All these sins, for a Christian, are covered by the once for all sacrifice of Jesus on the cross and in that transaction we have received the righteousness of Christ. Our sins for His righteousness. That is how our Father in heaven looks at us, righteous in Christ.
However, our old flesh is not quite dead yet, while we still live and breathe on this earth. We still have daily temptations that need to be guarded and prayed against, “lead us not into temptation”. And we still sin, probably daily for most, if not all, of us.
We might not think we struggle with some of the more obvious outward sins, but how often do we fall into murmuring and complaining, or fear of the future (which is a form of unbelief), or we simply lose our place of simple trust in the Lord and start relying on our strength and wisdom. These sins are cleansed and “under the blood” as Christians, but when we get into a daily practice of acknowledging them, bringing them into the light, it has some powerful benefits.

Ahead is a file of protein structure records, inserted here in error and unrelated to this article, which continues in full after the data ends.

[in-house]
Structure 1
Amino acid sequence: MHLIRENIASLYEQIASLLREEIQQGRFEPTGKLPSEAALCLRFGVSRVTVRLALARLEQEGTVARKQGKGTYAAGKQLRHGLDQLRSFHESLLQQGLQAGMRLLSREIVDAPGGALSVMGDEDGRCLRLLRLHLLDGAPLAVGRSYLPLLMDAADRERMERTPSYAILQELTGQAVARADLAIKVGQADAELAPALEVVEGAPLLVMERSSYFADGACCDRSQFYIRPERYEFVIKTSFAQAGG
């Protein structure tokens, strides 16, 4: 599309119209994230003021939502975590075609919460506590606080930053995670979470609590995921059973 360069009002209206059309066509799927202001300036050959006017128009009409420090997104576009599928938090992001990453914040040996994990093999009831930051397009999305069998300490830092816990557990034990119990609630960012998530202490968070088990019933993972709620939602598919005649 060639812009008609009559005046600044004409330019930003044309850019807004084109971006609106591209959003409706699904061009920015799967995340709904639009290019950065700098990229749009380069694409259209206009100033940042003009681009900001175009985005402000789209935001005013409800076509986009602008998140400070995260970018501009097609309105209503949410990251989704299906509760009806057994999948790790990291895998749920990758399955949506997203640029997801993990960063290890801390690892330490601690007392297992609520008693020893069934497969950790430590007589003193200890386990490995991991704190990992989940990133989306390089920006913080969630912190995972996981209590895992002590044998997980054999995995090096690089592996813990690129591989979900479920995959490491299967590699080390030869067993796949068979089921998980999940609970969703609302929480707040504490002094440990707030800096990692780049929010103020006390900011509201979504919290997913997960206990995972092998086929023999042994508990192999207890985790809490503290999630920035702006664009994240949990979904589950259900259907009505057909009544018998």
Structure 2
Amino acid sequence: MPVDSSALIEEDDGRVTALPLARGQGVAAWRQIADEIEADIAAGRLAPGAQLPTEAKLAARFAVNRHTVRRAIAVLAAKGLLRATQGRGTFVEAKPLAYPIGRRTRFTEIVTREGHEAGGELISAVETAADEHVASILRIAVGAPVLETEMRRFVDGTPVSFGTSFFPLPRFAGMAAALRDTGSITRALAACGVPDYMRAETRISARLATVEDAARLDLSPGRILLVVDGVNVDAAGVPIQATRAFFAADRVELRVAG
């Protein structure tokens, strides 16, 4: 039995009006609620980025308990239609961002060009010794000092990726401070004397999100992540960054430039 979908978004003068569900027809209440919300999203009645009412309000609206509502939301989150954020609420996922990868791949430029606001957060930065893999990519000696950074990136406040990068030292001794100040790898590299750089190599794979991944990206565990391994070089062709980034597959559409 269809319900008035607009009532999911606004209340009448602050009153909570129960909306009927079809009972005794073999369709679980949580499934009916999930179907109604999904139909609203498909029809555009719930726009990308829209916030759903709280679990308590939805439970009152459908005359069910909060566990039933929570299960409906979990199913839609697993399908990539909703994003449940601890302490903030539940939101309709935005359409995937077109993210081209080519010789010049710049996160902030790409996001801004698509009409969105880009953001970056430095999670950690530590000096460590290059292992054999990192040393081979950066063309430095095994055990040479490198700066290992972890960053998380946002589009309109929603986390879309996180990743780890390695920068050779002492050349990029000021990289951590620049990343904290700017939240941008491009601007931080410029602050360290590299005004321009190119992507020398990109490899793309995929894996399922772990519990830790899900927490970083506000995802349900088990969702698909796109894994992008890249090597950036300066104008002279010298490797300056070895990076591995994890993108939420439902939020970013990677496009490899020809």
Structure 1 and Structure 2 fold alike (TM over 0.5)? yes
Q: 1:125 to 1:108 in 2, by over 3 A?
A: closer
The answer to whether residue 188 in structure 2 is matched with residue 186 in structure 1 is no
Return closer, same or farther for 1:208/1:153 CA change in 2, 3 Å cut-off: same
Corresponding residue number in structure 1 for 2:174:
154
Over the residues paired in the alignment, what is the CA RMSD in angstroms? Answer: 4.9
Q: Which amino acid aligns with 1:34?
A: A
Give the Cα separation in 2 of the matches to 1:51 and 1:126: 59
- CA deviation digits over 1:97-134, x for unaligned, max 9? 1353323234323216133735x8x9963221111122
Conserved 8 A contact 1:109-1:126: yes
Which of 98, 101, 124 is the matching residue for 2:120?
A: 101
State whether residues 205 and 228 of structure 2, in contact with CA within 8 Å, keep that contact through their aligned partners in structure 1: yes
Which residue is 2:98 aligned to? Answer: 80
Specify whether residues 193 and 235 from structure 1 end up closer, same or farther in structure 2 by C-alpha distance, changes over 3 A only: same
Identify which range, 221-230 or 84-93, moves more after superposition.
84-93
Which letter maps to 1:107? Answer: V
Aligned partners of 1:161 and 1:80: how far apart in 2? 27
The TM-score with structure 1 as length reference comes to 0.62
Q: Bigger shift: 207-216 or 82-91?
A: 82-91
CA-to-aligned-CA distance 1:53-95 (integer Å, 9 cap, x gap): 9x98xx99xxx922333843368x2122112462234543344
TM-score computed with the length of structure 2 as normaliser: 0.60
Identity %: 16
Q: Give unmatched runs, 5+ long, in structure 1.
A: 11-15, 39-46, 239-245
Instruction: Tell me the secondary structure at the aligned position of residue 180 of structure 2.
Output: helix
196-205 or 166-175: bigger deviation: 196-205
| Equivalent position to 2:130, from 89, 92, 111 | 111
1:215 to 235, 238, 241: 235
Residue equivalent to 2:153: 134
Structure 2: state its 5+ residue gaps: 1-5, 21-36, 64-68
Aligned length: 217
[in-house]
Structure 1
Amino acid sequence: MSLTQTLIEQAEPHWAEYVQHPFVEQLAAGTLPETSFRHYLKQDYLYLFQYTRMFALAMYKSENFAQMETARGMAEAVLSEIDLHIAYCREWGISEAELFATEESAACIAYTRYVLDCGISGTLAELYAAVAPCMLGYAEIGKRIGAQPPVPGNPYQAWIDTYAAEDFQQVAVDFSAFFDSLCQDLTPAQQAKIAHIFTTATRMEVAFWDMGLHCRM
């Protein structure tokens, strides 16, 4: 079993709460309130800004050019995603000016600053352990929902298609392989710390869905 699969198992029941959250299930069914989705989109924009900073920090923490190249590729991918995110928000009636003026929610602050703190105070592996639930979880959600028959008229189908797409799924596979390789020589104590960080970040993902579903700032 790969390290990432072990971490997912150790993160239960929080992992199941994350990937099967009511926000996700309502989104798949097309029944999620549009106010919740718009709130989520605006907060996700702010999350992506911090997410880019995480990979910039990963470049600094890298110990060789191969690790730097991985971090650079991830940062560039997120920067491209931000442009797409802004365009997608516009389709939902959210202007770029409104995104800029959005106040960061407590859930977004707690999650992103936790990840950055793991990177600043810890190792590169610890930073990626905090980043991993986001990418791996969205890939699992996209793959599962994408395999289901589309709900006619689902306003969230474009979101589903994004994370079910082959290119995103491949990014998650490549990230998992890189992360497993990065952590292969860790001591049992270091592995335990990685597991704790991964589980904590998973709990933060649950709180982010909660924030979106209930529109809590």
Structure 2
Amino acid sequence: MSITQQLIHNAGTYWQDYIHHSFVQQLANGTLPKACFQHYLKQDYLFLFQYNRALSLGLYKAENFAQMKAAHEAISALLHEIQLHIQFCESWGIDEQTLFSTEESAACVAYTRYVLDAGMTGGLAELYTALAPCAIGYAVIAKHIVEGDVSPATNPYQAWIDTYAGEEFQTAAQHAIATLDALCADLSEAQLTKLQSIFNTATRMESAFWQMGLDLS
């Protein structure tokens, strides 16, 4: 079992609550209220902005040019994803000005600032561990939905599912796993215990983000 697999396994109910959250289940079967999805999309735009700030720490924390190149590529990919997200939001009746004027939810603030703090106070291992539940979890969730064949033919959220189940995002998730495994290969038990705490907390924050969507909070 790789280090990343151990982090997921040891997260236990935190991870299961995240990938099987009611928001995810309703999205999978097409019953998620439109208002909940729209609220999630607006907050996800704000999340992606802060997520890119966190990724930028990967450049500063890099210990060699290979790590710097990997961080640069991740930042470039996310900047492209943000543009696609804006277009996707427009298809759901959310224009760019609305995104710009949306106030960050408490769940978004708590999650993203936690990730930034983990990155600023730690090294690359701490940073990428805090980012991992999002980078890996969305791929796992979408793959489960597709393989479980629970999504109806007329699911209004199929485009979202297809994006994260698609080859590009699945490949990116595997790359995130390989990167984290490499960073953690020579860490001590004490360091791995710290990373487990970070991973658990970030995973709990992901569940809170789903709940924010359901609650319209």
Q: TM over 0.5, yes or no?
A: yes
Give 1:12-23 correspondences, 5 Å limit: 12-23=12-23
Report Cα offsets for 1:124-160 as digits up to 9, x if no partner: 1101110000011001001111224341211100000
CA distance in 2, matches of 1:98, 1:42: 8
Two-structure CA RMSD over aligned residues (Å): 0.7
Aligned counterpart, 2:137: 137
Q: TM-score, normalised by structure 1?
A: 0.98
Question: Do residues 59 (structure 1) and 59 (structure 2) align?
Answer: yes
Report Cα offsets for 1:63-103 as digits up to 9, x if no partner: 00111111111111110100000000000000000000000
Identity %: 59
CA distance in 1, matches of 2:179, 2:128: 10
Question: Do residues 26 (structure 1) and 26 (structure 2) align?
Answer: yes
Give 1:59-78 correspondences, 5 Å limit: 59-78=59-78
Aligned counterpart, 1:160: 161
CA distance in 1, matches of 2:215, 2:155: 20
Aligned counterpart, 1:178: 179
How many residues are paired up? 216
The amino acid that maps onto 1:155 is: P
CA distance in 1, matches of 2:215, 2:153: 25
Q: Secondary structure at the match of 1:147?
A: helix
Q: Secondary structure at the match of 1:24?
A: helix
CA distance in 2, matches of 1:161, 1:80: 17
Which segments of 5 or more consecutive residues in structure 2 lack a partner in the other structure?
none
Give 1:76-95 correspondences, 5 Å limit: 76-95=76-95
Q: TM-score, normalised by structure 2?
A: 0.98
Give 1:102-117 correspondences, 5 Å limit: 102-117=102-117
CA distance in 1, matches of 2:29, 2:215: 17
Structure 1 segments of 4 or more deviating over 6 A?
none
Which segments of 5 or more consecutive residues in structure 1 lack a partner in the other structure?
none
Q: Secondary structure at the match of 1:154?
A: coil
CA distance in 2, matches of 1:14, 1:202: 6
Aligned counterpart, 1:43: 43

• Confession is an act of humility, which always opens the door for more grace because God resists the proud but gives grace to the humble.
• Confession keeps us in reality, which is a foundational necessity of any true fellowship. It is impossible to have true fellowship with someone who puts up a front, or puts on a show, someone who can never really be themselves with you.
• Confession grows us in community. When we walk in the light we are walking like God does, we are partakers of His character and learning to walk in His ways. God does not need, obviously, to confess His sins, so walking in the light does not mean confession for Him. However, He is utterly transparently truthful and if we want to walk in fellowship with Him, we need to grow in doing the same.
As we grow in community with God that means that we ought to be growing in community with other believers. If we confess to God then we should learn and grow in confessing to other trusted brothers and sisters in Christ, because they are part of the community of God. We fellowship with Him when we fellowship with each other and vice versa.